Project: Great Primary Shapes House
Architecture: Gregory Katz Architecture
Interior Design: Cameron Collective
Location: Johannesburg South, South Africa
Area: 275 m²
Photo credits: Elsa Young
Beauty comes in all shapes and sizes and is a notion that holds truth for the residence of Kelly-Ann Myles and Julie Parker in the northern suburbs of Johannesburg. Their home, with its focal point being a magnificent Chinese Nettle tree, can be aptly described as an ever-evolving architectural marvel. It takes on a transformative journey, morphing through a series of geometric shapes, commencing with a triangle, and culminating in a circle.
The concept for the Great Primary Shapes House, nestled on a 1,600m² plot of land, originated from a book Gregory Katz was engrossed in at the time—Euclid’s Elements. Captivated by the idea of creating a structure where the exterior of each shape is composed of different materials, while the interior materials remain consistent, thereby unifying the spaces, Greg sketched a rudimentary digital diagram that incorporated various shapes like triangles, hexagons, cubes, and circles. An infectious idea that prompted the clients to suggest the inclusion of trapezoid windows.
Since the design unfolded from the outside in, it became one of the most unconstrained projects in the practices’ portfolio, devoid of any fixed formulas or constraints. It introduced a layer of complexity that sparked debates and required continuous-resolution throughout the process.
The outcome is a four-bedroom dwelling that not only fulfills its functional purpose but also aims to exude a joyful and captivating ambiance. Interconnected living areas create a sense of cohesion, seamlessly integrating with the outdoors through strategically positioned geometric aperture windows.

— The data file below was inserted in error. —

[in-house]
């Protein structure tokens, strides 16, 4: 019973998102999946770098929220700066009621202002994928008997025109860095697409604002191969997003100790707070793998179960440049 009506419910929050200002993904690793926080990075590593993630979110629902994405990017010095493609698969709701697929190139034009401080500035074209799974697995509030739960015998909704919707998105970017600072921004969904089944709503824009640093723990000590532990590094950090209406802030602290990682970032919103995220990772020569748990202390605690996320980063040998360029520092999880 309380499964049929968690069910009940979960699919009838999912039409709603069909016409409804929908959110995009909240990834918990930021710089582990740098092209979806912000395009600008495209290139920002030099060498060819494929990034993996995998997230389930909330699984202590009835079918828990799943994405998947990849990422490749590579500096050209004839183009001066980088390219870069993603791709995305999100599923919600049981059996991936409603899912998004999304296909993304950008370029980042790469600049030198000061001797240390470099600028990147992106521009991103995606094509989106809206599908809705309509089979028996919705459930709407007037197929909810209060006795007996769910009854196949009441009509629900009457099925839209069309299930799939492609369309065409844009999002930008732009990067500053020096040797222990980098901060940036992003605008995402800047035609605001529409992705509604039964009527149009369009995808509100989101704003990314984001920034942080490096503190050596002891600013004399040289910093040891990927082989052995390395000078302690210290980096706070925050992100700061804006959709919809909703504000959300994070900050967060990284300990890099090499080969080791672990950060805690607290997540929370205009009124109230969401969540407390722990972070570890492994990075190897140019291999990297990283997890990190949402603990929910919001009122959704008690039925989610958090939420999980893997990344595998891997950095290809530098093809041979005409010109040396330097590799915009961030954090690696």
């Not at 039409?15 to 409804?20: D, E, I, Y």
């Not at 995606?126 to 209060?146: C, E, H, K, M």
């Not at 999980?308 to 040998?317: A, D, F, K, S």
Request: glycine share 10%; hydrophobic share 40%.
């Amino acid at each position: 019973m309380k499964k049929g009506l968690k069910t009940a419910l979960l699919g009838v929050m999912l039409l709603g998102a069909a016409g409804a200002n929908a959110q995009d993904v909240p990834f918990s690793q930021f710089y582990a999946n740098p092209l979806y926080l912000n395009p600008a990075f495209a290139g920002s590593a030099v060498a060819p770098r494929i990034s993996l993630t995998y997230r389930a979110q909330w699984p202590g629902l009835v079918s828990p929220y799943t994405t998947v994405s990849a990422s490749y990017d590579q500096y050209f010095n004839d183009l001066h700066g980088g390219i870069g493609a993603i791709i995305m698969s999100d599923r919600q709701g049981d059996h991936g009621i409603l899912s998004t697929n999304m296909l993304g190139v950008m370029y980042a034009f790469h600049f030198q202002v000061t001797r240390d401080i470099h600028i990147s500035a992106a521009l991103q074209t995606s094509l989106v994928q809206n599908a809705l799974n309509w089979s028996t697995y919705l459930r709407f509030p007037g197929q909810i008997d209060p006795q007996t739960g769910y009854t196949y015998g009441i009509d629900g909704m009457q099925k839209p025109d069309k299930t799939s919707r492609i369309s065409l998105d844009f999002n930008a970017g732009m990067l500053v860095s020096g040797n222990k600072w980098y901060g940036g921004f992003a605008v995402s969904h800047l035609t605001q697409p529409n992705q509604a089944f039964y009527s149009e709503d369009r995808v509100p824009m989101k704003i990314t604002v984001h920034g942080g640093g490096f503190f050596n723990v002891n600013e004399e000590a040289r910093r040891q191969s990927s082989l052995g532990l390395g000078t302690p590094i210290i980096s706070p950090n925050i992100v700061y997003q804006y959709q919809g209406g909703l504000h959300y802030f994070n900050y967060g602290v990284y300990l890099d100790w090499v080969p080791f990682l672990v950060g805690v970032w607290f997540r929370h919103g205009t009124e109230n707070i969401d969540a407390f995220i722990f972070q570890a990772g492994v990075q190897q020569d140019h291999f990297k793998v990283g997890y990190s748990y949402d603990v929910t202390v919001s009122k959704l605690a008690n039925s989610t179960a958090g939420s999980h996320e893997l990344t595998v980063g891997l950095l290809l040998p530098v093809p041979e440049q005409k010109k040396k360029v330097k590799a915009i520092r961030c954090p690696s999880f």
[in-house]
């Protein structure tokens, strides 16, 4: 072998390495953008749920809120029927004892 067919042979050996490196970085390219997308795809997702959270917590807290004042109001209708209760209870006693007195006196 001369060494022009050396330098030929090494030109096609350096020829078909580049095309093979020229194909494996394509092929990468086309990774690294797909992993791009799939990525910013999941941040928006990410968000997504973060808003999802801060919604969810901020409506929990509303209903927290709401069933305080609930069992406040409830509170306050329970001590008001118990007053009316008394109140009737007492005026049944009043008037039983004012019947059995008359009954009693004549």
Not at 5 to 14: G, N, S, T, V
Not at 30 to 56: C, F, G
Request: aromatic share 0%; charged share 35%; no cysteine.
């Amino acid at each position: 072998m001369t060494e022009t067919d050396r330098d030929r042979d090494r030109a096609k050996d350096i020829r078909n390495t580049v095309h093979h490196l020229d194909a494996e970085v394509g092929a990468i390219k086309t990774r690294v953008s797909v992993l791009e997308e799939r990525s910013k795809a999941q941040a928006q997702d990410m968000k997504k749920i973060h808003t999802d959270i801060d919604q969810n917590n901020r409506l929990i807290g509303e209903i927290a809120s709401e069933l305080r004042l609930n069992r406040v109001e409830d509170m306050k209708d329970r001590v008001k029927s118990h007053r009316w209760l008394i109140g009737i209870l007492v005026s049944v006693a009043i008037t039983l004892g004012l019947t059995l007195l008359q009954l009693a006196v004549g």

The architect intended to invite exploration and delight in every corner, captivating the imagination with its progressive metamorphosis. The house’s distinctive charm lies in the fact that its skin doesn’t require paint; each shape possessing and facilitating its own unique identity and distinctive character.
The triangular entry volume houses a staircase that climbs at the perfect 3D angle, following the contour of the wall. This non-axial placement allowed space for the entrance door at the base of the stairs. Creating a fascinating association and harmony between the floor plan and section.
Having worked on the client’s previous residences, Interior designer Cecil Cameron has a deep understanding of their style, preferences, and distaste for the ordinary. Thus, it became a matter of harmonizing their distinctive style with Gregory’s architectural vision.
The interior design honors the architectural design while also imbuing the space with a sense of warmth and comfort through a curated selection of contemporary eclectic statement pieces. To accommodate the unconventional room shapes, the team opted for a significant amount of custom-made furniture and pops of color, enhancing the space’s uniqueness.
Greg attributes his inspiration to his earlier experiences working with renowned architects such as Zvi Hecker and Daniel Liebeskind. He exclaims, “Working alongside visionaries like Zvi and Daniel teaches you to embrace bravery, boldness, and independent thinking.” The GPS House embodies that sentiment and stands as a testament to its uniqueness, courage, boldness, and sheer excitement.